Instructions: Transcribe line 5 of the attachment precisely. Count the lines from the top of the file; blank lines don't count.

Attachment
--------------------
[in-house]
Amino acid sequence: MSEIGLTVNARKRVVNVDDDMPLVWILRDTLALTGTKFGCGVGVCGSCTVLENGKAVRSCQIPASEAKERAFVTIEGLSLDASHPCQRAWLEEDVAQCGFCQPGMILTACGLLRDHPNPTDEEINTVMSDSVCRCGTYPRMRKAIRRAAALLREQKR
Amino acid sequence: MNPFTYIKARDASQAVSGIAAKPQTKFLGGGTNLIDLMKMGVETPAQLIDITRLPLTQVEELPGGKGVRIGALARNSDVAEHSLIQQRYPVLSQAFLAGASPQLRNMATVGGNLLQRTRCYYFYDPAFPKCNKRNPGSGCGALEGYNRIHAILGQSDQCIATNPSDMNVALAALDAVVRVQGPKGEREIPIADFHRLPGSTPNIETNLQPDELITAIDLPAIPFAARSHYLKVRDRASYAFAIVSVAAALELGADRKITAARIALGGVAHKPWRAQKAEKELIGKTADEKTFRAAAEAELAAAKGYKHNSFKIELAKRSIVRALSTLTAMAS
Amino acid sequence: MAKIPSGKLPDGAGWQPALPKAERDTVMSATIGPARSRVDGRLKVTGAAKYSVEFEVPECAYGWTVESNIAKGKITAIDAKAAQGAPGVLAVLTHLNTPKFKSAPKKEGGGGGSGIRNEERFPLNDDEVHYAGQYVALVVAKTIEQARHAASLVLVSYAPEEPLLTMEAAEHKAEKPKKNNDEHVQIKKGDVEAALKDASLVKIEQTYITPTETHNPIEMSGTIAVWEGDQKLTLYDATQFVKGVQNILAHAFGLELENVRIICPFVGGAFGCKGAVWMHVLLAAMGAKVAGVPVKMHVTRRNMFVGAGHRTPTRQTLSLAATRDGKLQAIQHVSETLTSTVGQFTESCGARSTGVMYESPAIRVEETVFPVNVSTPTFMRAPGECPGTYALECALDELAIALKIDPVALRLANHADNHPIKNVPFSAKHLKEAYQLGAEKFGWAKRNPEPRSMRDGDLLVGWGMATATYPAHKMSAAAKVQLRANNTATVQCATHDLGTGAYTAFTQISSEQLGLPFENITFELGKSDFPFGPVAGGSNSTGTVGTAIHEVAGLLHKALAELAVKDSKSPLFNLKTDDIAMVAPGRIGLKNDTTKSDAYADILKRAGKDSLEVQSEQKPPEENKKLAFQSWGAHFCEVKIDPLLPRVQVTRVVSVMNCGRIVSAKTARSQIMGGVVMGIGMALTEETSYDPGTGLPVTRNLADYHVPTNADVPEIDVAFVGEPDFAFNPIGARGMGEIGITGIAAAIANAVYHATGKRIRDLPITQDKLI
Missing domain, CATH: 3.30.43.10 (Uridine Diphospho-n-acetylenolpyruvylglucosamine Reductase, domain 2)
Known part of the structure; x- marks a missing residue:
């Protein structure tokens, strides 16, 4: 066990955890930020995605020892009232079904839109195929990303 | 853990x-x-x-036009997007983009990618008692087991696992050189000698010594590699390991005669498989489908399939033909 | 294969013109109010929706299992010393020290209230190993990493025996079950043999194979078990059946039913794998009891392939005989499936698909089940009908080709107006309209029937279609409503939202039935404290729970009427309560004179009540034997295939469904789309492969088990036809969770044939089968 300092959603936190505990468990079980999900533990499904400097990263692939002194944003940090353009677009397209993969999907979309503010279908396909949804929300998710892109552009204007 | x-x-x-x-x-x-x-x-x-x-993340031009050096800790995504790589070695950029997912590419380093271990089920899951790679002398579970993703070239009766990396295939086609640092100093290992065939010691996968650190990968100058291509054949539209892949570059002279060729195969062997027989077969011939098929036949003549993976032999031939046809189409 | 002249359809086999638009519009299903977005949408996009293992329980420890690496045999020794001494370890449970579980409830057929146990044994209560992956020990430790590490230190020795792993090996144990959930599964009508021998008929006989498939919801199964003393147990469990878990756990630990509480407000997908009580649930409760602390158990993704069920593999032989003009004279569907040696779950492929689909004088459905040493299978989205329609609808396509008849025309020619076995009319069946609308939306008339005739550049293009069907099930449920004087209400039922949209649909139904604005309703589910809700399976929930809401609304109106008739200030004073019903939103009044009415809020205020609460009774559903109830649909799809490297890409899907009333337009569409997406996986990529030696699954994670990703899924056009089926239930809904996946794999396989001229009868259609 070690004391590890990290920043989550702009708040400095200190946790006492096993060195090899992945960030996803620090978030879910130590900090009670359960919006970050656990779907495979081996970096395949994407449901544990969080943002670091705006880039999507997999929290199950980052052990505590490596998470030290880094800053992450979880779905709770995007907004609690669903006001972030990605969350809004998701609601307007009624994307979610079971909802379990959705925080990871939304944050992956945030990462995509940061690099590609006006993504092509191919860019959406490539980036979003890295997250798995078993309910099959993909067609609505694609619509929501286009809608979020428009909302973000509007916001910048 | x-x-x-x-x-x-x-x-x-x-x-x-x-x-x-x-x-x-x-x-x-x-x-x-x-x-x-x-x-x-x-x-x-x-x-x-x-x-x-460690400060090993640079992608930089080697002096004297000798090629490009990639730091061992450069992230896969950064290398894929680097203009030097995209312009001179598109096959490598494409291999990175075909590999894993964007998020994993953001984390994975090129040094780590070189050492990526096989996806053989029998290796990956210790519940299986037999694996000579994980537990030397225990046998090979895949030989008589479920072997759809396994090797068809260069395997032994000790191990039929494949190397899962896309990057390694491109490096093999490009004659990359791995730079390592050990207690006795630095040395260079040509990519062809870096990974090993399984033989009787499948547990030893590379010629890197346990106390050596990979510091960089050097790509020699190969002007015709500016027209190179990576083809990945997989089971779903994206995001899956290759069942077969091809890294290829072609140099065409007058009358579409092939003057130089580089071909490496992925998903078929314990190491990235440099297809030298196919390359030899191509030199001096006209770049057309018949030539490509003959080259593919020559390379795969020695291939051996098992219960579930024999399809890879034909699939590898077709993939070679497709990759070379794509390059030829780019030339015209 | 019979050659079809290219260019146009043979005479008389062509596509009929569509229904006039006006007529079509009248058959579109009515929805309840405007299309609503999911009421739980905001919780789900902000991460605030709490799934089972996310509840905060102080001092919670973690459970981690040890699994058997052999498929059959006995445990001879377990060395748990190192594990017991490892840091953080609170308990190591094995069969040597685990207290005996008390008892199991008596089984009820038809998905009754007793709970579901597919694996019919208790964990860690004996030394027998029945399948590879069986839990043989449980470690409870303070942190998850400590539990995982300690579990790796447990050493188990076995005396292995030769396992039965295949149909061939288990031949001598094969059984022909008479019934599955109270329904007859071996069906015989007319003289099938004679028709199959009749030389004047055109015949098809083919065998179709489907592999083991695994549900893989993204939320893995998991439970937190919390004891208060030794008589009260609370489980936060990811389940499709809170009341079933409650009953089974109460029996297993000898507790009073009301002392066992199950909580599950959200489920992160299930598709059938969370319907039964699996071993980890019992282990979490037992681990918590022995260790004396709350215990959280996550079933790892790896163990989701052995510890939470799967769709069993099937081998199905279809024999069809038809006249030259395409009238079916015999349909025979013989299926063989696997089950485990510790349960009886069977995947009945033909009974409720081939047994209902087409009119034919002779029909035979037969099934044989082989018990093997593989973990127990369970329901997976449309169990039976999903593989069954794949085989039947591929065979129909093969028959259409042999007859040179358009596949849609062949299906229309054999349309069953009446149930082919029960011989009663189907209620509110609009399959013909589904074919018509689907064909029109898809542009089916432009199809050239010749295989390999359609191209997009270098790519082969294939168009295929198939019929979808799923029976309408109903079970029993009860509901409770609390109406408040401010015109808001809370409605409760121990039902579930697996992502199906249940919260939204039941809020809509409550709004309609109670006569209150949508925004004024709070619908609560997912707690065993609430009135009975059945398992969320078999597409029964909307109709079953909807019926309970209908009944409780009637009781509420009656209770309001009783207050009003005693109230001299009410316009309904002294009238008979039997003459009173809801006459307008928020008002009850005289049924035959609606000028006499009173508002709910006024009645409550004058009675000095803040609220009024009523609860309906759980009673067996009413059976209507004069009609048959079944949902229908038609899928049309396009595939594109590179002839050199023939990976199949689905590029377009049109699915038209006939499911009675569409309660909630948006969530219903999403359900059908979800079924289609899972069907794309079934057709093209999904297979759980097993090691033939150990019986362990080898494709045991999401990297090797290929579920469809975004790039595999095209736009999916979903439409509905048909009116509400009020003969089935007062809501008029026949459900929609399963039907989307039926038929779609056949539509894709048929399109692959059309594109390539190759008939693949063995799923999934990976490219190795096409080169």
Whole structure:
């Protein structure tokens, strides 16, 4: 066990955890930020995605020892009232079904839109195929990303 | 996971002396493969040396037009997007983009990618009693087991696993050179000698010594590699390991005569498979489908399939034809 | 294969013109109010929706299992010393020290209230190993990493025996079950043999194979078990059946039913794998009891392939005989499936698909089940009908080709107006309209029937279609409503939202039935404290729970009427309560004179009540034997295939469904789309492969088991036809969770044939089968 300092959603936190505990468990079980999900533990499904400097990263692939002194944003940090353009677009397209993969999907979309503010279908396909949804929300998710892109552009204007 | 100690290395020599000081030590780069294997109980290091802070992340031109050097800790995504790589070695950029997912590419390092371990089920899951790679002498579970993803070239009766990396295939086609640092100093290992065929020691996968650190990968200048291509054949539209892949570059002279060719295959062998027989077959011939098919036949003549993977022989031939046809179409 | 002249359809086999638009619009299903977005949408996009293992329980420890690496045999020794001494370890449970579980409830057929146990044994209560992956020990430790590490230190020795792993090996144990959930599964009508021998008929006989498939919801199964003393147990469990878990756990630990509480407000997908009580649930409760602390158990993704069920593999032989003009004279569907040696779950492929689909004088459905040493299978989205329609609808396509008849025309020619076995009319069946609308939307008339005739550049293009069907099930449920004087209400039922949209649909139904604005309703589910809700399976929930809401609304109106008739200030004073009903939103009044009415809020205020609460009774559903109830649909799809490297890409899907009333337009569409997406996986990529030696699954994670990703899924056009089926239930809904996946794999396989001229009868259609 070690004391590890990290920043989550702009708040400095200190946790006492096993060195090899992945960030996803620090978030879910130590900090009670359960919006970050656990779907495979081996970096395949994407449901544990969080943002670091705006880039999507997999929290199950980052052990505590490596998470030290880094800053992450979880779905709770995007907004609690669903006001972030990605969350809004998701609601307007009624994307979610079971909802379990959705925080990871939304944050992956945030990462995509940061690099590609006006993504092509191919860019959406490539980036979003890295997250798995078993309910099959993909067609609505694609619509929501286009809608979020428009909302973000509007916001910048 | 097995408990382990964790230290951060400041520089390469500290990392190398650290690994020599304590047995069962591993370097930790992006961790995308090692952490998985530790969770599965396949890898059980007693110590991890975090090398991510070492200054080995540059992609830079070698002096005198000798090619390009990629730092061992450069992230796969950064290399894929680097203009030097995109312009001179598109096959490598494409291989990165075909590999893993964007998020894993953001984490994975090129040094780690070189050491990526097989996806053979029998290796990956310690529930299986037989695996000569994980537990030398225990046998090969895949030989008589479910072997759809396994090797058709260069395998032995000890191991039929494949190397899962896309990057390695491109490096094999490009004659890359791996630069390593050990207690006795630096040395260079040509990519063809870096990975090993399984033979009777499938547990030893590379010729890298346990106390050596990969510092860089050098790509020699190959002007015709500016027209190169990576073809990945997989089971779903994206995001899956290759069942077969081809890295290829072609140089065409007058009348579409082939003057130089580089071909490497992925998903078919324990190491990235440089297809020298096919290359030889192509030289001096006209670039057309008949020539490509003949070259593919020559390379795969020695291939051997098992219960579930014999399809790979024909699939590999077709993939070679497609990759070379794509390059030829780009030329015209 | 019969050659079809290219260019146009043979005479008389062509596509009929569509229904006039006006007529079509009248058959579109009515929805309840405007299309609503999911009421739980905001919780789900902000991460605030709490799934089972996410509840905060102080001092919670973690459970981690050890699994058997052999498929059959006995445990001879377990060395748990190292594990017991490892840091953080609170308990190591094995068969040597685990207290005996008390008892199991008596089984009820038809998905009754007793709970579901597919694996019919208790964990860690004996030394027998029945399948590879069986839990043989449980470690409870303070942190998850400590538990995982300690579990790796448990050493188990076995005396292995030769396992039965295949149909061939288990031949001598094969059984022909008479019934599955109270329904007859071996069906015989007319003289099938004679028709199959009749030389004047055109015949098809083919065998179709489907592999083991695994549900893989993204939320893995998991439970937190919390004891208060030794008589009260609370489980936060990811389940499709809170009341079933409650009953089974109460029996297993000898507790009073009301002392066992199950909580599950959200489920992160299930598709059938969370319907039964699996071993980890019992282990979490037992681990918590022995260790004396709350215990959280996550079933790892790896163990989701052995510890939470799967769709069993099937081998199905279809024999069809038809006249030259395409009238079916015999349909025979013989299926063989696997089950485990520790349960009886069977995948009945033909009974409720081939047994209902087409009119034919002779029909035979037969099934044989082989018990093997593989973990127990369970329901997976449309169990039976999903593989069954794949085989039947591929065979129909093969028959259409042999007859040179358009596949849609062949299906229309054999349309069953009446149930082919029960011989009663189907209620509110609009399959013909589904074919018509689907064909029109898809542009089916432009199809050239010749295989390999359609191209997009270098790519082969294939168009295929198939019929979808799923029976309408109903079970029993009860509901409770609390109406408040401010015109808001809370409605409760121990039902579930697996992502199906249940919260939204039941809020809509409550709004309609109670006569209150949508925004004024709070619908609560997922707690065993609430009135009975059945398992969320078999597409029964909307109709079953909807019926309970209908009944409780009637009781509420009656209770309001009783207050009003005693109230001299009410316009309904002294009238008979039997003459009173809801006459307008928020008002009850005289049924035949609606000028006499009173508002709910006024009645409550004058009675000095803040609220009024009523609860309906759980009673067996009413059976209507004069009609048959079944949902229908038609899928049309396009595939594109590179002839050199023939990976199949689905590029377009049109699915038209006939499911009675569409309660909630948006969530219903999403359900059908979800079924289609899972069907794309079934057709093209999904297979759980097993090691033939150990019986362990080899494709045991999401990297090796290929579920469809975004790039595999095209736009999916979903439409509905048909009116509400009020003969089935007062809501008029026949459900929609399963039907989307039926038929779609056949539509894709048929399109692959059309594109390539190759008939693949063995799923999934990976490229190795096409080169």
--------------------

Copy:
Missing domain, CATH: 3.30.43.10 (Uridine Diphospho-n-acetylenolpyruvylglucosamine Reductase, domain 2)